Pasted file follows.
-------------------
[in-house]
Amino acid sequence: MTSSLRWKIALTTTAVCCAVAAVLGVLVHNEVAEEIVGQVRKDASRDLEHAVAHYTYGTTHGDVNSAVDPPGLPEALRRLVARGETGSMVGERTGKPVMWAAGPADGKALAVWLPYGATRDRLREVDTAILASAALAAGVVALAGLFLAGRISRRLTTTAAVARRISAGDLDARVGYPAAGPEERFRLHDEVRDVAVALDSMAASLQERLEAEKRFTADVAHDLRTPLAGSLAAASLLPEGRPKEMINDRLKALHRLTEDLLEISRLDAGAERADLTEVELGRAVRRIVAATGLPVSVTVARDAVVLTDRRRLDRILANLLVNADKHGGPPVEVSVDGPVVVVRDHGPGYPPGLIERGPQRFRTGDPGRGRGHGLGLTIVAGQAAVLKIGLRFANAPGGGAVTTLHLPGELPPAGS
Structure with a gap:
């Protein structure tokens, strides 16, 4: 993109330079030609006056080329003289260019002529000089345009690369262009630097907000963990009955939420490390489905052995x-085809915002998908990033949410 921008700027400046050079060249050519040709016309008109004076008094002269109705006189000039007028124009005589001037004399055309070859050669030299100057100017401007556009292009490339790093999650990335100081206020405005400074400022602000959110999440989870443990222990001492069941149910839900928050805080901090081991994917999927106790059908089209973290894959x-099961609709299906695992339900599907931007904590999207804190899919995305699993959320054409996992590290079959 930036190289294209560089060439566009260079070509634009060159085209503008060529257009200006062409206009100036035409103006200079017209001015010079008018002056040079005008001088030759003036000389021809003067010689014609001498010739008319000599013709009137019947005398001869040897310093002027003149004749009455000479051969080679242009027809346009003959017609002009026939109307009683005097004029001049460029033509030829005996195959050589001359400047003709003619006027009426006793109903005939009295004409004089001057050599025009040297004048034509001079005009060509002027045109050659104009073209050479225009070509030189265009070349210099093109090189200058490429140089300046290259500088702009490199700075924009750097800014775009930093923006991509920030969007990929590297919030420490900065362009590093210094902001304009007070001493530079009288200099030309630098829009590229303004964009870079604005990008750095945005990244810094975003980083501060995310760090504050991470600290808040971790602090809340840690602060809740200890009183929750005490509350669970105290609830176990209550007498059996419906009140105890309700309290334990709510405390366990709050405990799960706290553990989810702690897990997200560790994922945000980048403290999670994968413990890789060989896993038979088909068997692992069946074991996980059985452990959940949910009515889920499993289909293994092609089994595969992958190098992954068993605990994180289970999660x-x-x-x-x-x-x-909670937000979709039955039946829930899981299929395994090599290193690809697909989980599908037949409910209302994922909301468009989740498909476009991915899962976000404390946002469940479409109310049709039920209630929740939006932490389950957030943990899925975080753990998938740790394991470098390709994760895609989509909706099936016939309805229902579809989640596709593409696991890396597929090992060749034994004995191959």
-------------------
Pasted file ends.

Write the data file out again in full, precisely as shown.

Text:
[in-house]
Amino acid sequence: MTSSLRWKIALTTTAVCCAVAAVLGVLVHNEVAEEIVGQVRKDASRDLEHAVAHYTYGTTHGDVNSAVDPPGLPEALRRLVARGETGSMVGERTGKPVMWAAGPADGKALAVWLPYGATRDRLREVDTAILASAALAAGVVALAGLFLAGRISRRLTTTAAVARRISAGDLDARVGYPAAGPEERFRLHDEVRDVAVALDSMAASLQERLEAEKRFTADVAHDLRTPLAGSLAAASLLPEGRPKEMINDRLKALHRLTEDLLEISRLDAGAERADLTEVELGRAVRRIVAATGLPVSVTVARDAVVLTDRRRLDRILANLLVNADKHGGPPVEVSVDGPVVVVRDHGPGYPPGLIERGPQRFRTGDPGRGRGHGLGLTIVAGQAAVLKIGLRFANAPGGGAVTTLHLPGELPPAGS
Structure with a gap:
């Protein structure tokens, strides 16, 4: 993109330079030609006056080329003289260019002529000089345009690369262009630097907000963990009955939420490390489905052995x-085809915002998908990033949410 921008700027400046050079060249050519040709016309008109004076008094002269109705006189000039007028124009005589001037004399055309070859050669030299100057100017401007556009292009490339790093999650990335100081206020405005400074400022602000959110999440989870443990222990001492069941149910839900928050805080901090081991994917999927106790059908089209973290894959x-099961609709299906695992339900599907931007904590999207804190899919995305699993959320054409996992590290079959 930036190289294209560089060439566009260079070509634009060159085209503008060529257009200006062409206009100036035409103006200079017209001015010079008018002056040079005008001088030759003036000389021809003067010689014609001498010739008319000599013709009137019947005398001869040897310093002027003149004749009455000479051969080679242009027809346009003959017609002009026939109307009683005097004029001049460029033509030829005996195959050589001359400047003709003619006027009426006793109903005939009295004409004089001057050599025009040297004048034509001079005009060509002027045109050659104009073209050479225009070509030189265009070349210099093109090189200058490429140089300046290259500088702009490199700075924009750097800014775009930093923006991509920030969007990929590297919030420490900065362009590093210094902001304009007070001493530079009288200099030309630098829009590229303004964009870079604005990008750095945005990244810094975003980083501060995310760090504050991470600290808040971790602090809340840690602060809740200890009183929750005490509350669970105290609830176990209550007498059996419906009140105890309700309290334990709510405390366990709050405990799960706290553990989810702690897990997200560790994922945000980048403290999670994968413990890789060989896993038979088909068997692992069946074991996980059985452990959940949910009515889920499993289909293994092609089994595969992958190098992954068993605990994180289970999660x-x-x-x-x-x-x-909670937000979709039955039946829930899981299929395994090599290193690809697909989980599908037949409910209302994922909301468009989740498909476009991915899962976000404390946002469940479409109310049709039920209630929740939006932490389950957030943990899925975080753990998938740790394991470098390709994760895609989509909706099936016939309805229902579809989640596709593409696991890396597929090992060749034994004995191959």